• Dehydration - Waterloss attributed to lack of appetite and/or diarrhea.
    • Diarrhea - A result of impaired digestion that can lead to dehydration.
    • Lethargy and weakness - Without adequate nutrient absorption, your dog may become very weak.
    • Fever - If inflammation persists, body temperature will elevate.

    6 signs of pancreatitis in dogs, NutriCanine

    If your dog is showing any combination of these symptoms, it should raise a red flag. If you suspect pancreatitis, the best course of action is to call a vet and have your dog looked after.

    Remember: Pancreatitis can quickly become fatal, so don't wait around for things to get worse.

     

    How is pancreatitis diagnosed?

    Diagnosing pancreatitis can be tricky. Since the preferred assessment method uses non-invasive diagnostic tools, the multifactorial nature of pancreatitis makes it challenging to reach a definitive diagnosis.

    Suppose your veterinarian suspects pancreatitis after a clinical examination. In that case, they will likely request for radiographs (x-rays), complete blood count (CBC), a biochemistry report, and a pancreatic lipase SNAP test (1). Each test provides valuable information for your vet to consider, but a definitive diagnosis is impossible because current non-invasive diagnostics lack sensitivity.

    In particular, SNAP tests have become increasingly popular because of their practicality in veterinary clinics. By collecting a blood sample, your vet can make a subjective decision whether or not your pet has pancreatitis based on the intensity of test indicators. In a study conducted by Cridge et al., researchers testing the sensitivity of in-clinic SNAP tests for pancreatitis found these tests were correct between 71% and 78% of the time (9). This highlights the inability for veterinarians to make a definitive diagnosis based on non-invasive diagnostics alone.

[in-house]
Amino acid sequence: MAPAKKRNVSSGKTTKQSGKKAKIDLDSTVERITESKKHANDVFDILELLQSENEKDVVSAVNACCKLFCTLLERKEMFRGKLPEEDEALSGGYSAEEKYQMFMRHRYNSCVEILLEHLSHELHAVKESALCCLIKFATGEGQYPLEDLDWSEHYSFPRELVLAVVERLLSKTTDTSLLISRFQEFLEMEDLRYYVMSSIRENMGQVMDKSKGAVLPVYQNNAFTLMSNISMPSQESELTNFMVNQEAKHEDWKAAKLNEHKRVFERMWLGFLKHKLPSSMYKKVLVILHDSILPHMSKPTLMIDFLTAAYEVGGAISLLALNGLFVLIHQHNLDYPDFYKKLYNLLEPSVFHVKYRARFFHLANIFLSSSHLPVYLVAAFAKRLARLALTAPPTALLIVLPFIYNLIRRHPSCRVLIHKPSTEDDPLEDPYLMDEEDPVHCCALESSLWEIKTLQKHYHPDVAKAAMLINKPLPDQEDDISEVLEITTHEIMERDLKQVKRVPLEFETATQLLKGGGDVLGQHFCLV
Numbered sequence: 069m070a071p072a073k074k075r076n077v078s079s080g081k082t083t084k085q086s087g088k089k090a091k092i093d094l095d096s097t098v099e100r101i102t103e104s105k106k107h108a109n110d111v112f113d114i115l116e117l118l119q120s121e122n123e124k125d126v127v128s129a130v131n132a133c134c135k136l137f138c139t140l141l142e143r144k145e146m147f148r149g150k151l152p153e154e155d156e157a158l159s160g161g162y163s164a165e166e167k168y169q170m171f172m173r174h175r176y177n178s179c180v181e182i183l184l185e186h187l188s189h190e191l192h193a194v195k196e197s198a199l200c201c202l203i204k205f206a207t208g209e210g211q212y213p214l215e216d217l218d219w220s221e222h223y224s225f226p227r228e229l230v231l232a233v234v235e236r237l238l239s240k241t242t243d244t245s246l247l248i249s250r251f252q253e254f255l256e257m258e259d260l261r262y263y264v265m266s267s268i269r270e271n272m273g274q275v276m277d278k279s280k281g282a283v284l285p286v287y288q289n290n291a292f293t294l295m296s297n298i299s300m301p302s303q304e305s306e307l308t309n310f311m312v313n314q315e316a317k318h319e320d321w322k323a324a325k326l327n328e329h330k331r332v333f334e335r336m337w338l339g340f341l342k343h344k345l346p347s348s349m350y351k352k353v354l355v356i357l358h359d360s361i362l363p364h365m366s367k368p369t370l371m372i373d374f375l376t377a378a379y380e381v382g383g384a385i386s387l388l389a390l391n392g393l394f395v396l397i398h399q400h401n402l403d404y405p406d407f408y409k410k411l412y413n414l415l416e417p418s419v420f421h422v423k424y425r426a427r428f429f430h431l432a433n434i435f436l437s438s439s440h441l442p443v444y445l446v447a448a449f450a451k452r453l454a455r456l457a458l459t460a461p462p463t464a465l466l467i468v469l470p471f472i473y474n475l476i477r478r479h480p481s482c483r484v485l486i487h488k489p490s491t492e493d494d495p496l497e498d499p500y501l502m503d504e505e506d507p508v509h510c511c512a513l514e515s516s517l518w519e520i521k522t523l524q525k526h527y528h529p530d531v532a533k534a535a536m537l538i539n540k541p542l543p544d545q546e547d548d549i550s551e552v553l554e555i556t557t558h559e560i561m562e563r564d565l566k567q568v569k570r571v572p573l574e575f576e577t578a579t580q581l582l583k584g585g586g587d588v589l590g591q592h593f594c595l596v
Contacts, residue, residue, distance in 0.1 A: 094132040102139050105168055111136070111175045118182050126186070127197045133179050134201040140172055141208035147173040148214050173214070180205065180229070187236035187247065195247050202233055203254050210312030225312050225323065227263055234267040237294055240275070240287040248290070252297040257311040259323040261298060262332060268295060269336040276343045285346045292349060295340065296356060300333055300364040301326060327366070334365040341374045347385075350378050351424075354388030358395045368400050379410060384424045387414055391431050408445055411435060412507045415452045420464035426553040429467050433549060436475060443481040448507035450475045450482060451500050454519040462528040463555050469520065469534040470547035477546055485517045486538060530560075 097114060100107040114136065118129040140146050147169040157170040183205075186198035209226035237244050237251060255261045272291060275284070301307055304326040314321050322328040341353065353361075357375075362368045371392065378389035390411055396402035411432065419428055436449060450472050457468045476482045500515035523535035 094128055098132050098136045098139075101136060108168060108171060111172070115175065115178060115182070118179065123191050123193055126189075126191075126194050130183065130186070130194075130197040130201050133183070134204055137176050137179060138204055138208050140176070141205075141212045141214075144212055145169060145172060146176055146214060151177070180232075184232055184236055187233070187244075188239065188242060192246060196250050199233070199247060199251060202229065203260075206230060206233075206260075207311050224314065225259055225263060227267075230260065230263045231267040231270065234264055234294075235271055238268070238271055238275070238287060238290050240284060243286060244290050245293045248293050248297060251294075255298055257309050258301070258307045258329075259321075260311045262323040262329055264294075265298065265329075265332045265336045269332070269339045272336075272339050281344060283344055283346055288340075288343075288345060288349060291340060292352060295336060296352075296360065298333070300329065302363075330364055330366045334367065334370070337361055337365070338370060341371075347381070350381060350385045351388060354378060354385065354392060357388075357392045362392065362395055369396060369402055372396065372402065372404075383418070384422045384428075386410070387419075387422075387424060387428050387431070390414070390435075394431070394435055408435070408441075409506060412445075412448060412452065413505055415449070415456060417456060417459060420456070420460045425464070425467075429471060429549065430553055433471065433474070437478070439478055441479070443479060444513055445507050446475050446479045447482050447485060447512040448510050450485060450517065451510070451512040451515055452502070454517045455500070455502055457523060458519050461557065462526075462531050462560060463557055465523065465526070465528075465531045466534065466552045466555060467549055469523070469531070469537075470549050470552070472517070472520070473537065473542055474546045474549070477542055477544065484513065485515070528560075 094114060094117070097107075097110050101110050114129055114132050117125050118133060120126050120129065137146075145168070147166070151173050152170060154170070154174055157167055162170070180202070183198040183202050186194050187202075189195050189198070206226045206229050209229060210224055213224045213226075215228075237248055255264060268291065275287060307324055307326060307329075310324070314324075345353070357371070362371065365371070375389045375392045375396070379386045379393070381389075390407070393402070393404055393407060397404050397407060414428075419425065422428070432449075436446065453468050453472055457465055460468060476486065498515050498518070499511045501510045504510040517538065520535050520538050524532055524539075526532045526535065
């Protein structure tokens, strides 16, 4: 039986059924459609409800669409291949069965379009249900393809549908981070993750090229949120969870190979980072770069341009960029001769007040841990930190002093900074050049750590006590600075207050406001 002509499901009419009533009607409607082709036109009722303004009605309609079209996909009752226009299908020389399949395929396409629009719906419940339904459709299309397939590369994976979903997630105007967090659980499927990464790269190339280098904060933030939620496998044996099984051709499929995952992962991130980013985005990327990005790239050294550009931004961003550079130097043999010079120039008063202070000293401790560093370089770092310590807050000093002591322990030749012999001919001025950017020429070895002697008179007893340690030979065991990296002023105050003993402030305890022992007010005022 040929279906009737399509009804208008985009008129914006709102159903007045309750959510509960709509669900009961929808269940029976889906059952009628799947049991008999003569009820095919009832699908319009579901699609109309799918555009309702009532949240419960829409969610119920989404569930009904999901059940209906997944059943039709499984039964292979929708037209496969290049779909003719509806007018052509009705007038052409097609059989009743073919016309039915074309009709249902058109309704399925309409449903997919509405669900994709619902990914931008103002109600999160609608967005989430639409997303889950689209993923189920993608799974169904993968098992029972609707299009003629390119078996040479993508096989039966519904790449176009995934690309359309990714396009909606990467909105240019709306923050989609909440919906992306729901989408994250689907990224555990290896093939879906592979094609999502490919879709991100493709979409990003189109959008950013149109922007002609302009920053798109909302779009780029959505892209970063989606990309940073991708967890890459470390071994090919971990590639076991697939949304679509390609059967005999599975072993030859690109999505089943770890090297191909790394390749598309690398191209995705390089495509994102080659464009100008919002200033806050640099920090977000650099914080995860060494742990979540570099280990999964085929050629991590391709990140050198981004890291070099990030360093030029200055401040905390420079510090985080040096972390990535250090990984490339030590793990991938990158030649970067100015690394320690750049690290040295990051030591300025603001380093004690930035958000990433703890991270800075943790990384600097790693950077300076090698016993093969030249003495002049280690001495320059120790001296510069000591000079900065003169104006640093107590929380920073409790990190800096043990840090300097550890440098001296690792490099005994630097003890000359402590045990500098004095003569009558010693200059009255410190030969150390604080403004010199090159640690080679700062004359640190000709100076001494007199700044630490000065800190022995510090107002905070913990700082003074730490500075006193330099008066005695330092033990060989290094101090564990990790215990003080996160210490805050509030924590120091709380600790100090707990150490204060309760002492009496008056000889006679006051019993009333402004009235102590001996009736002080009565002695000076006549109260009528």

Reaching a definitive diagnosis requires invasive techniques and biopsy collection from the pancreas directly. Only after histopathological examination can a veterinarian officially confirm the diagnosis of pancreatitis (10).

     

    How do you manage pancreatitis?

    Since a definitive diagnosis can be challenging to reach, it's best to opt for supportive therapy through your veterinarian and treat for suspected pancreatitis without reaching an official confirmation.

    Supportive therapy typically includes administering IV fluids, pain management, monitoring blood glucose levels, and shifting to low-fat food (1). Your veterinarian may also recommend fasting your dog for 48 hours, allowing the pancreas to rest before reintroducing small amounts of low-fat food. There is no single treatment or medication that will resolve pancreatitis - it just takes time to heal.

    Once your pet improves, it's essential to implement dietary changes that reduce the risk of future pancreatitis attacks. At NutriCanine, we make it easy to help your dog through pancreatitis and other health concerns with our variety of healthy pet food options. Our primary focus is disease prevention and we do this by providing quality food that meets your dog’s nutritional needs right from the start.